Peace prize winner Cris “Kesz” Valdez with Archbishop Tutu. Photo credit to

A 13 year old Filipino boy who lived at a dump site and slept in an open tomb has won a prestigious children’s award in the Netherlands for his work to develop and improve the rights of his fellow street kids.

Cris “Kesz” Valdez, aged 13, was handed this year’s International Children’s Peace Prize at a glittering ceremony in The Hague last Wednesday, where he received a 100,000 euro ($130,000) as a prize.

Cris “Kesz” Valdez was chosen from 3 finalists for the work of his “Championing Community Children” charity which raises funds to hand out gift packages to needy children in Cavite City, Philippines about 30 kilometres (18 miles) south of the capital Manila.

Peace laureate Desmond Tutu, who handed over this year’s prize, told Valdez at a press conference – “You are wonderful,” shortly after the ceremony, held in The Hague’s historic Knight’s Hall.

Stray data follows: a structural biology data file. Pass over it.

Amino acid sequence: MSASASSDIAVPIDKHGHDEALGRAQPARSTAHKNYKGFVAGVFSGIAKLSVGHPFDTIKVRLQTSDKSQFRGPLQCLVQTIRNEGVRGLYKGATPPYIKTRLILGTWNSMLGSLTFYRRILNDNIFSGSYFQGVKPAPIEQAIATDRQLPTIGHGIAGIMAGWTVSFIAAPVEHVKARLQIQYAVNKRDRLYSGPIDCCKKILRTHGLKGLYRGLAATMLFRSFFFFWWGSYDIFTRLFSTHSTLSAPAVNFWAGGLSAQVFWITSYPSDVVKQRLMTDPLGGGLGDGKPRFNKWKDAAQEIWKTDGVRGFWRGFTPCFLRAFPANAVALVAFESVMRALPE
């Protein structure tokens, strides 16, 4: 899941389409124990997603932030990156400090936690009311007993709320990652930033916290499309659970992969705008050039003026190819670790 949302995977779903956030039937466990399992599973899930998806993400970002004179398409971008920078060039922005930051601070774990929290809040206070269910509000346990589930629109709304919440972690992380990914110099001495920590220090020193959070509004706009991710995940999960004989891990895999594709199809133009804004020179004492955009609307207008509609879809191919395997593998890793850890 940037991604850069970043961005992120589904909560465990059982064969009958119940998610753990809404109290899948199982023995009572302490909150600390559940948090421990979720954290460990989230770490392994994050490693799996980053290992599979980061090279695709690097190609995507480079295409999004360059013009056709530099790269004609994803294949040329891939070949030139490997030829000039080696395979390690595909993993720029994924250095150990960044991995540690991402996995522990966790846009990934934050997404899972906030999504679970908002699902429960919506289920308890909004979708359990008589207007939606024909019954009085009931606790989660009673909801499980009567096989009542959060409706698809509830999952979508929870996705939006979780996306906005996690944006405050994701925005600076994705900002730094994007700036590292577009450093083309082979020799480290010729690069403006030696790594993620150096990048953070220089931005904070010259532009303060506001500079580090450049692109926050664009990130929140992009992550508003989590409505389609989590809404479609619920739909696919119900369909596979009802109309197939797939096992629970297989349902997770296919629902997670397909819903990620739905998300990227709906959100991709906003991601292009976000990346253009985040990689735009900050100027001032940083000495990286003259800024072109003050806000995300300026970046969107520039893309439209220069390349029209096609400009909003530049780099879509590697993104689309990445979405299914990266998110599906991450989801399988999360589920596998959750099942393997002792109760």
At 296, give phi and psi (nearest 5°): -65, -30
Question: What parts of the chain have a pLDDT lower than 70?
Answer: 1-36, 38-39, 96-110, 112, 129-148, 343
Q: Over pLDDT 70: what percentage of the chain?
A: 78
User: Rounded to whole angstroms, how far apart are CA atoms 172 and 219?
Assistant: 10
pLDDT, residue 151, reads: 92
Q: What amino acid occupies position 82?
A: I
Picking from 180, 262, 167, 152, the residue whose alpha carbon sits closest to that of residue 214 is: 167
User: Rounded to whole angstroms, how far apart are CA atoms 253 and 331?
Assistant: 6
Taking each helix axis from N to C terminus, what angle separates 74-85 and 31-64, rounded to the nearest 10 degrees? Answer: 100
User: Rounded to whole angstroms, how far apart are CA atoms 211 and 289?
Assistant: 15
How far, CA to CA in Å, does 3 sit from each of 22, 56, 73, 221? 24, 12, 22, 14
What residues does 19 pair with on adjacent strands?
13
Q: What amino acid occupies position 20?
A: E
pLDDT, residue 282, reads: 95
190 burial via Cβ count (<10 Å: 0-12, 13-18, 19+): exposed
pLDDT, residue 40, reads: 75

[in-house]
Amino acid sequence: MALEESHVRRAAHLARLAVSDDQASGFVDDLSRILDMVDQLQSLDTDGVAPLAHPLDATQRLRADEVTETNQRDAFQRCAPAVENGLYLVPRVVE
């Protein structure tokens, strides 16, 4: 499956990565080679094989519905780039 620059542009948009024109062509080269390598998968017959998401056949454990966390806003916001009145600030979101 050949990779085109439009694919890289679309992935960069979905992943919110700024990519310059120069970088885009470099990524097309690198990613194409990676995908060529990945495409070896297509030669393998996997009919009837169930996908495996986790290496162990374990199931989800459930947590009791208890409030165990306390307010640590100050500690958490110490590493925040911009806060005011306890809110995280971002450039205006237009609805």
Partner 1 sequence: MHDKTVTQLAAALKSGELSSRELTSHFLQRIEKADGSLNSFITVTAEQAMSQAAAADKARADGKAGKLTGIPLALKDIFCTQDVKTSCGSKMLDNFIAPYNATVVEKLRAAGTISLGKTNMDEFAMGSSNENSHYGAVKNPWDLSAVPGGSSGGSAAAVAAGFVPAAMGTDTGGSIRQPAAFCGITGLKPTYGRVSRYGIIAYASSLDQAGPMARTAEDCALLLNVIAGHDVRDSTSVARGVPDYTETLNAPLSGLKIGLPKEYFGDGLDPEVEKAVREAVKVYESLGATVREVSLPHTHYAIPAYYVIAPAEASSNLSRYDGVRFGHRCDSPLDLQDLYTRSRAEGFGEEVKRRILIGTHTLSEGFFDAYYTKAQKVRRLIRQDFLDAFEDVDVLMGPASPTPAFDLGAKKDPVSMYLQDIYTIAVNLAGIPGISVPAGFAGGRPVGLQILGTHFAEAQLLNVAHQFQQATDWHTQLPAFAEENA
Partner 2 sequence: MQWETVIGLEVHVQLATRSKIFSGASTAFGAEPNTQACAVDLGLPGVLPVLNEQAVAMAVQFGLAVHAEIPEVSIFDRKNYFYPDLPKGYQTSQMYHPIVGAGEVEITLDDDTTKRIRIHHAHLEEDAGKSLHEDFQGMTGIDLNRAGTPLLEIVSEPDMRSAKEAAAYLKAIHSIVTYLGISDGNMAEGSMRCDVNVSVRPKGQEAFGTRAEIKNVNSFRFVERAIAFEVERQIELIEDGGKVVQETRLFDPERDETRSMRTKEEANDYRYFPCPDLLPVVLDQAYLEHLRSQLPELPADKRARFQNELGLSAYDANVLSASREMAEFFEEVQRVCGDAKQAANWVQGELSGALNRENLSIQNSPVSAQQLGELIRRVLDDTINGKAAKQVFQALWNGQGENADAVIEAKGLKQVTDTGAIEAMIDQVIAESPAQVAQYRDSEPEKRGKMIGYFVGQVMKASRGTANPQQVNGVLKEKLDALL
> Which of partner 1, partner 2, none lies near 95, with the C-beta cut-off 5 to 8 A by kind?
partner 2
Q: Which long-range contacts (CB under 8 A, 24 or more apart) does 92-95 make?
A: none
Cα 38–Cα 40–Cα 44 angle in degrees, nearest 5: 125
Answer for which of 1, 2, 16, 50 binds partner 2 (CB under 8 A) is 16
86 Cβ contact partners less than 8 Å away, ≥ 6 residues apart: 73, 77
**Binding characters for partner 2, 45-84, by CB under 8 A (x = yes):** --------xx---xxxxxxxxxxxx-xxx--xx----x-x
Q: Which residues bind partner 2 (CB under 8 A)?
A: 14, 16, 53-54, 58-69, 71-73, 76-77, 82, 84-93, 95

“My message to children around the world is not to lose hope” and to remember things like hygiene, said Valdez, who added that the prize would help him get an education and perhaps realise his dream of becoming a doctor.

Through his charity, Valdez has handed out more than 5,000 gifts to needy children that included everyday necessities like flip-flops (slippers), toys, sweets and clothes, according to the Kids Rights Foundation, the prize’s initiator.

In all, he has helped some 10,000 children in his area on health, hygiene and children’s rights, the foundation stated.

Some 246,000 street children are, like Valdez was as a young child, subjected to abuse, violence and child labor in the Philippines, it said.

When asked about the prize money, Kids Rights Foundation chairman Marc Dullaert said a committee was now to decide, together with Valdez, to which projects it would be donated.

Archbishop Tutu, the South African peace icon who won the 1984 Nobel Peace Prize is in the Netherlands for a nine-day visit.